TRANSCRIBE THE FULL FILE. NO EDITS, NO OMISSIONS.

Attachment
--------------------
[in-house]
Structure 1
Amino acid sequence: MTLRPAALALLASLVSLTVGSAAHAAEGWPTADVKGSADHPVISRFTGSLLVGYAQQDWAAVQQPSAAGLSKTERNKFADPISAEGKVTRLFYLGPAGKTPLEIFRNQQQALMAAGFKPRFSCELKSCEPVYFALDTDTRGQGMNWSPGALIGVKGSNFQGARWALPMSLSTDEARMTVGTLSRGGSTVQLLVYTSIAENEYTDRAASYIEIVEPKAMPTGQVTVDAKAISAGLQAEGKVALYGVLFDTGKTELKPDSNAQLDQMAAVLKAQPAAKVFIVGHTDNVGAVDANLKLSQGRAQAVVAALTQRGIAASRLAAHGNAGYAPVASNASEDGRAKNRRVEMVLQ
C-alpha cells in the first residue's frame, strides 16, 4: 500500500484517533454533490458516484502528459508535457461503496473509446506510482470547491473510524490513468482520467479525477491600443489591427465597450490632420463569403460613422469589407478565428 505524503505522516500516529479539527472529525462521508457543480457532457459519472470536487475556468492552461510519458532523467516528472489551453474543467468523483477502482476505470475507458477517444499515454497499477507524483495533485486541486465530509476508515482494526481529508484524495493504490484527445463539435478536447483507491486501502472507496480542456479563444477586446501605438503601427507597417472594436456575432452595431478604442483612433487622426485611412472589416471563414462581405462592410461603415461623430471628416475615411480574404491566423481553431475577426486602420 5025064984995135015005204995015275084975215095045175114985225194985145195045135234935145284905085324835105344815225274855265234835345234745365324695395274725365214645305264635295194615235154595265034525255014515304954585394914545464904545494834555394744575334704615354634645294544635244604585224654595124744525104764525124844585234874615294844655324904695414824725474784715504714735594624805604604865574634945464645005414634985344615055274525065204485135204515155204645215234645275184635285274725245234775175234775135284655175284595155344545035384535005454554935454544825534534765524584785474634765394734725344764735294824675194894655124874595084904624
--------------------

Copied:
[in-house]
Structure 1
Amino acid sequence: MTLRPAALALLASLVSLTVGSAAHAAEGWPTADVKGSADHPVISRFTGSLLVGYAQQDWAAVQQPSAAGLSKTERNKFADPISAEGKVTRLFYLGPAGKTPLEIFRNQQQALMAAGFKPRFSCELKSCEPVYFALDTDTRGQGMNWSPGALIGVKGSNFQGARWALPMSLSTDEARMTVGTLSRGGSTVQLLVYTSIAENEYTDRAASYIEIVEPKAMPTGQVTVDAKAISAGLQAEGKVALYGVLFDTGKTELKPDSNAQLDQMAAVLKAQPAAKVFIVGHTDNVGAVDANLKLSQGRAQAVVAALTQRGIAASRLAAHGNAGYAPVASNASEDGRAKNRRVEMVLQ
C-alpha cells in the first residue's frame, strides 16, 4: 500500500484517533454533490458516484502528459508535457461503496473509446506510482470547491473510524490513468482520467479525477491600443489591427465597450490632420463569403460613422469589407478565428 505524503505522516500516529479539527472529525462521508457543480457532457459519472470536487475556468492552461510519458532523467516528472489551453474543467468523483477502482476505470475507458477517444499515454497499477507524483495533485486541486465530509476508515482494526481529508484524495493504490484527445463539435478536447483507491486501502472507496480542456479563444477586446501605438503601427507597417472594436456575432452595431478604442483612433487622426485611412472589416471563414462581405462592410461603415461623430471628416475615411480574404491566423481553431475577426486602420 5025064984995135015005204995015275084975215095045175114985225194985145195045135234935145284905085324835105344815225274855265234835345234745365324695395274725365214645305264635295194615235154595265034525255014515304954585394914545464904545494834555394744575334704615354634645294544635244604585224654595124744525104764525124844585234874615294844655324904695414824725474784715504714735594624805604604865574634945464645005414634985344615055274525065204485135204515155204645215234645275184635285274725245234775175234775135284655175284595155344545035384535005454554935454544825534534765524584785474634765394734725344764735294824675194894655124874595084904624